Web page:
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It seems the circumpolar Arctic does not exist at the moment and the new chair of the Inuit Circumpolar Council (ICC), Sara Olsvig, reiterates that there can’t be a solution to this in the Arctic without the inclusion of indigenous people as they live across the modern-day borders. She also said very clearly that with Arctic democracy under great pressure, the post Arctic Council and its future is reason for big concerns.
Further, the future of the Arctic Council in the light of Russia’s unprovoked War on Ukraine has been discussed on numerous occasions. There has been speculation that the West will fundamentally reshape Arctic governance by forming a new international body, known as “Nordic Plus.” While Nordic Plus would have shared values and government norms, it would forfeit the institutional legitimacy and progress that the Arctic Council has fostered. Furthermore, little utility exists in such an organisation without Moscow.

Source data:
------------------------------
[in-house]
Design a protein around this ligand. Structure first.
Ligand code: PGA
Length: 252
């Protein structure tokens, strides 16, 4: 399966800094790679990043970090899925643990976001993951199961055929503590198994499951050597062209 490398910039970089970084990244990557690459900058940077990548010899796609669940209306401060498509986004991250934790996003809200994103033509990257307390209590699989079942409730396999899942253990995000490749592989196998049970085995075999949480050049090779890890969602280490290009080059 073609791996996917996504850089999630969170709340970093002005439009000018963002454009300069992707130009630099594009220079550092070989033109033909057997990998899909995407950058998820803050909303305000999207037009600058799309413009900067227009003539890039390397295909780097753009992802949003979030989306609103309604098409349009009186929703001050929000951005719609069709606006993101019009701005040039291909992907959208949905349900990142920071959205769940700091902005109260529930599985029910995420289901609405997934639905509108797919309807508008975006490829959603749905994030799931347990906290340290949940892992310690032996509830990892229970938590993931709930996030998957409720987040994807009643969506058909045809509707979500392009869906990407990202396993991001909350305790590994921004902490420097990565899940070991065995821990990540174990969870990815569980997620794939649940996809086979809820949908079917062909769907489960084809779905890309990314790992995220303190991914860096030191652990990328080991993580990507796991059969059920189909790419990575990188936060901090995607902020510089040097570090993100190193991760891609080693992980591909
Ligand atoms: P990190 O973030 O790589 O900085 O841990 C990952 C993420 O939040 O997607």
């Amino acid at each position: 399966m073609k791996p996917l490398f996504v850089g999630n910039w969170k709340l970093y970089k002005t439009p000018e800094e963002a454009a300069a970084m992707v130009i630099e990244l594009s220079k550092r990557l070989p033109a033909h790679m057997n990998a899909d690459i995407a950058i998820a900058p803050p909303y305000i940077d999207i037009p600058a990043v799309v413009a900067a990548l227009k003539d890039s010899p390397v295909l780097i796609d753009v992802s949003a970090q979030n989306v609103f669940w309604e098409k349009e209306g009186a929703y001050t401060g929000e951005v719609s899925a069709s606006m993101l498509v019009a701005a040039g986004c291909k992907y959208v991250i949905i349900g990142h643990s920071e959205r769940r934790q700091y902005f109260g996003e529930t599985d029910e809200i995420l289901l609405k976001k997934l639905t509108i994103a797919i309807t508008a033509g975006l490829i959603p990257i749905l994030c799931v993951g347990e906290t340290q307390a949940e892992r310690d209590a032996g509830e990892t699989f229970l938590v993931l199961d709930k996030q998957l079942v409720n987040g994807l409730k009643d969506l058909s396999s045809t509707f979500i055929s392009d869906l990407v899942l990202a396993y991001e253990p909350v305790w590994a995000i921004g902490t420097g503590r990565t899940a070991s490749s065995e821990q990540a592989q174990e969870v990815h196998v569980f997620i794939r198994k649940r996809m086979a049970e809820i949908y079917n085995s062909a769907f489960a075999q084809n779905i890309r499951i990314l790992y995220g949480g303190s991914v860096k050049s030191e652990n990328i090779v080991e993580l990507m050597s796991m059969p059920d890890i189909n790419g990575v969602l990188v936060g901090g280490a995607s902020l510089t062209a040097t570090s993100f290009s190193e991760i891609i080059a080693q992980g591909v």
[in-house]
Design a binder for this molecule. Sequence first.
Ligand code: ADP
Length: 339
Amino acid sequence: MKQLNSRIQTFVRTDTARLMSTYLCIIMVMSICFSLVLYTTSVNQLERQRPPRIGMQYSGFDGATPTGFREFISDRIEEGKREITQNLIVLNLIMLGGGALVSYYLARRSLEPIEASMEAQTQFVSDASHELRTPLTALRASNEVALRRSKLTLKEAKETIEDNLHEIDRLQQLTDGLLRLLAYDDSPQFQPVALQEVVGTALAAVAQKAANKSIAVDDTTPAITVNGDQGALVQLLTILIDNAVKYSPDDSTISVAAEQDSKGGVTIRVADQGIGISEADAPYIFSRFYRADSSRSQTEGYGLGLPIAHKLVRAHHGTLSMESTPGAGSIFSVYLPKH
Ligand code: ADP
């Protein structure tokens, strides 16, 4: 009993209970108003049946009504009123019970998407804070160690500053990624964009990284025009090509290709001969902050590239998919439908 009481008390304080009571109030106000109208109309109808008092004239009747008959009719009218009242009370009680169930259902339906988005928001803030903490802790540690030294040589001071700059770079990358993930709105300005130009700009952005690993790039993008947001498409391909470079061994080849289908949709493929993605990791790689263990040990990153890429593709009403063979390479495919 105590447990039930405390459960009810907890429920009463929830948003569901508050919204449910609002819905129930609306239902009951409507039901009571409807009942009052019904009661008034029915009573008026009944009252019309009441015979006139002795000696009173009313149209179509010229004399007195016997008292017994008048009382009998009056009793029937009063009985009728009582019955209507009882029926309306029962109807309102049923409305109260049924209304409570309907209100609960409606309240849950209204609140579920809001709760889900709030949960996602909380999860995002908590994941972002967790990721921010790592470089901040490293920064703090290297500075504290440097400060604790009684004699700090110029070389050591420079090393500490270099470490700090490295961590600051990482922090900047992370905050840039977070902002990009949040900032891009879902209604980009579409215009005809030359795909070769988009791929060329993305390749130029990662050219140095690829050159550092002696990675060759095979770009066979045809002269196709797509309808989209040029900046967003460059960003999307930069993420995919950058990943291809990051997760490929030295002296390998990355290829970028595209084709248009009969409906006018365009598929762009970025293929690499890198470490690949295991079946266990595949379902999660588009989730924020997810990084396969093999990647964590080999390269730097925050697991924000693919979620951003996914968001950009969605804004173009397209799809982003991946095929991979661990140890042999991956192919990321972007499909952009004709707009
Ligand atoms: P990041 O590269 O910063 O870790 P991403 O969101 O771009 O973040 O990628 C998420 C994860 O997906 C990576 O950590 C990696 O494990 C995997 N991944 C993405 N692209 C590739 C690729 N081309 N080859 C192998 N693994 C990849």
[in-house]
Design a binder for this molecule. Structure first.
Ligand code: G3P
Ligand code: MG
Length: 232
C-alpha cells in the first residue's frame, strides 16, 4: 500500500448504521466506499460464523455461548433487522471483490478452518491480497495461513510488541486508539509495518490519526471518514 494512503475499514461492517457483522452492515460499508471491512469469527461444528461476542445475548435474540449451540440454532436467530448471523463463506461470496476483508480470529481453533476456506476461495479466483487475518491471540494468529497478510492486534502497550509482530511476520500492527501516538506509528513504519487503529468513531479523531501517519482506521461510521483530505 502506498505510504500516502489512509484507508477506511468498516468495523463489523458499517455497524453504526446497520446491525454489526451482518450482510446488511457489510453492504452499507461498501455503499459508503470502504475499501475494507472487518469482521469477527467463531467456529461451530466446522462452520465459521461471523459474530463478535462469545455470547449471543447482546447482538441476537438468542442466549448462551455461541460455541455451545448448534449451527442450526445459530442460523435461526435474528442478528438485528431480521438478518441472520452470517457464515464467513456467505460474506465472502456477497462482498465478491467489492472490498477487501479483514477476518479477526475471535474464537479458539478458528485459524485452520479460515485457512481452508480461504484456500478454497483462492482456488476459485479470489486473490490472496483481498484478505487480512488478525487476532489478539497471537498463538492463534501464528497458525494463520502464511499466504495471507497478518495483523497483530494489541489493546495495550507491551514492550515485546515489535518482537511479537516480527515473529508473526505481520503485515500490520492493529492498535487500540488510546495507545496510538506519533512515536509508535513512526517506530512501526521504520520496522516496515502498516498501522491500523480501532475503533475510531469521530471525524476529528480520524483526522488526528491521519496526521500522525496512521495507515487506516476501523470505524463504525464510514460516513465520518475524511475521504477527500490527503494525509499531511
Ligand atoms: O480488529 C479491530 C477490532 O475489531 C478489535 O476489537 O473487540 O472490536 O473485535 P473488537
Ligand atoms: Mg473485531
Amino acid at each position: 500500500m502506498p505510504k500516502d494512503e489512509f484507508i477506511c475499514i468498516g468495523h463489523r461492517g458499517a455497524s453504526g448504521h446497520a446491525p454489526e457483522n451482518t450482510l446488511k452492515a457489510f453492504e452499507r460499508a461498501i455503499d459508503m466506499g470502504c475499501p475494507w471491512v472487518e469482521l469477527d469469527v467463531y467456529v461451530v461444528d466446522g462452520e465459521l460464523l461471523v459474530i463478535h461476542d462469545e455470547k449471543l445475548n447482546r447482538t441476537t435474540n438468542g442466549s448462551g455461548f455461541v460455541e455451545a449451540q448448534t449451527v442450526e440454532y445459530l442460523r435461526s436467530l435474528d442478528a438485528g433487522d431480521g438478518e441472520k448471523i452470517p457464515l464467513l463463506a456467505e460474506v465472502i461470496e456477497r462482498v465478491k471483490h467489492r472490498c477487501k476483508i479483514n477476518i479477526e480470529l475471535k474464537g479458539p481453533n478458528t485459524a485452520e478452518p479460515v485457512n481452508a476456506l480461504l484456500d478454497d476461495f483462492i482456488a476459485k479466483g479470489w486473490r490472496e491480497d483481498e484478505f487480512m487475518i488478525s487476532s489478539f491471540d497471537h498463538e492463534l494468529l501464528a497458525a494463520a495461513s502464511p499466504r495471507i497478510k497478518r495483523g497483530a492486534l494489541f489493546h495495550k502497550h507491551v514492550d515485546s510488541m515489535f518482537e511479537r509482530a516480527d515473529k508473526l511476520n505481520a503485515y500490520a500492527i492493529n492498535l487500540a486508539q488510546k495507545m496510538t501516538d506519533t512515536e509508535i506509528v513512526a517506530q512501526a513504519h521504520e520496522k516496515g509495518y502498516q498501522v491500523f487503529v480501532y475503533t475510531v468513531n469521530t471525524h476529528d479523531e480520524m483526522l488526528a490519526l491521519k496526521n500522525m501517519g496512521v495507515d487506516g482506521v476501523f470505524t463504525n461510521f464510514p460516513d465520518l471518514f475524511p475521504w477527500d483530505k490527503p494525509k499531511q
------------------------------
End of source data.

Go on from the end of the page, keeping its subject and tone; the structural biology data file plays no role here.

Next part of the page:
The Arctic Circle Assembly went highly political when the chair of NATO’s Military Committee, Robert Bauer , delivered a very blunt and aggressive speech about the state of regional security, which included the statement that Beijing was undermining the “rules-based international order,” underlining the very different narratives between the United States and China over China’s Arctic interests. His remarks were promptly criticized by China’s Ambassador to Iceland He Rulong, who was in the audience and who accused the NATO official of taking an “arrogant” stance.
This exchange during the Arctic Circle Assembly demonstrated both how cooled the China-US relations are, as well as the high level of difficulty facing Beijing as it navigates a political Arctic much different from five years ago, when China’s own Arctic White Paper was released.
But it’s not all gloom and doom. The Arctic Circle Assembly remains a forum to exchange on numerous topics and it also highlights particular efforts for the circumpolar Arctic with two prizes, the 2022 Arctic Circle Prize for the Alfred Wegener Institute and its groundbreaking MOSAiC Drift Ice Expedition, and the Frederik Paulsen Arctic Academic Action Award given to Professor Hanne Hvidtfeldt Christiansen and Associate Professor Marius Jonassen of the University Centre of Svalbard for their PermaMeteoCommunity project.
This is an episode of the Curiously Polar podcast
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